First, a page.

The U.S. Healthcare System Is Still Affected by Slavery

A deeper look at slavery in the United States is a step forward in creating a more equitable healthcare system, because racial disparities in maternal mortality make it even worse for women of color to seek medical help today. Racial bias continues to exist in emergency rooms and hospitals now, “Black Americans are systematically undertreated for pain relative to white Americans.” Just this year, a leading educational publisher issued an apology and recalled nursing textbooks that still included racist stereotypes, proving that the United States health system is still haunted by slavery.

Doctor James Marion Sims is remembered as the “Father of Modern Gynecology” who developed pioneering tools and surgical techniques related to women’s reproductive health. In order to develop these tools and techniques, Sims conducted a series of excruciating surgeries on enslaved black women. Many medical journals also list experiments with black people because it was believed that they didn’t feel any pain or anxiety. These experiments led to many medical breakthroughs, but they also created a healthcare system that is still feeling the effects of slavery.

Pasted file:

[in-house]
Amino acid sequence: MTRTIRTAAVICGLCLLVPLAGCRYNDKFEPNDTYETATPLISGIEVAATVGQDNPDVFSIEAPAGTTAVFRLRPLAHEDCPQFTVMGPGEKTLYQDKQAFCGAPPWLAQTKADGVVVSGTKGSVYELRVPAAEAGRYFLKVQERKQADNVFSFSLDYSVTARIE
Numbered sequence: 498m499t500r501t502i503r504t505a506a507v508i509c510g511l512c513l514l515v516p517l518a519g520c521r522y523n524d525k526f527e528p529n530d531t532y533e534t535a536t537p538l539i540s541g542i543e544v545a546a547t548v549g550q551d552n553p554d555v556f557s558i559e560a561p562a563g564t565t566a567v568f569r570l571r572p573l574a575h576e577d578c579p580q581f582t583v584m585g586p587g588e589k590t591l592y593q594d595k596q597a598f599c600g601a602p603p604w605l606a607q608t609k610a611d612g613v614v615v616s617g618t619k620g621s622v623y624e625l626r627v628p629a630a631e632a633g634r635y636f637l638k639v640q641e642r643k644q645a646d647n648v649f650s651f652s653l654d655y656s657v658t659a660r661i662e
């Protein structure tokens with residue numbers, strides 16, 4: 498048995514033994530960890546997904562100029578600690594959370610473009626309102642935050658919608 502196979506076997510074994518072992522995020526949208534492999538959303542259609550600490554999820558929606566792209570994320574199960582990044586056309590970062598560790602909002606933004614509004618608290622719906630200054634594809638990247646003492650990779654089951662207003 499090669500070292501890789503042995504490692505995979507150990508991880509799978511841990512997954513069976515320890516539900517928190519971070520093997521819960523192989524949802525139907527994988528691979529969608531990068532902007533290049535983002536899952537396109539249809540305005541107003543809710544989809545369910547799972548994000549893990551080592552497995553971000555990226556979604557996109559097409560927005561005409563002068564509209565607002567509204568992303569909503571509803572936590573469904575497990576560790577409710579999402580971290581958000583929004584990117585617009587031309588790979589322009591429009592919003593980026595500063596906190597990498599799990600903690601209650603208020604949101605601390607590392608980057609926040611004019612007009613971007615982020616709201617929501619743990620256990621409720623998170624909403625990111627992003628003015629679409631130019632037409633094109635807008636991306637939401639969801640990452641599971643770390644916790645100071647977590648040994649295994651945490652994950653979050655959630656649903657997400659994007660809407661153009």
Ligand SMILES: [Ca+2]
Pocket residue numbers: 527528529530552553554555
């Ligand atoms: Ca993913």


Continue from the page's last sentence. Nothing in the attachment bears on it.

While most trends seem to move towards safer and more well-protected activities for children, this might be the wrong approach when it comes to playgrounds. At least, that’s what a recent video from Vox’s By Design series, which explores the concept of “adventure parks,” argues. "They can play with any dangerous tool, they can take really dangerous risks and overcome them, and this builds up a tremendous sense of self-confidence in themselves," Marjory Allen, landscape architect and the person most responsible for popularizing the adventure park concept, said in an archival interview.

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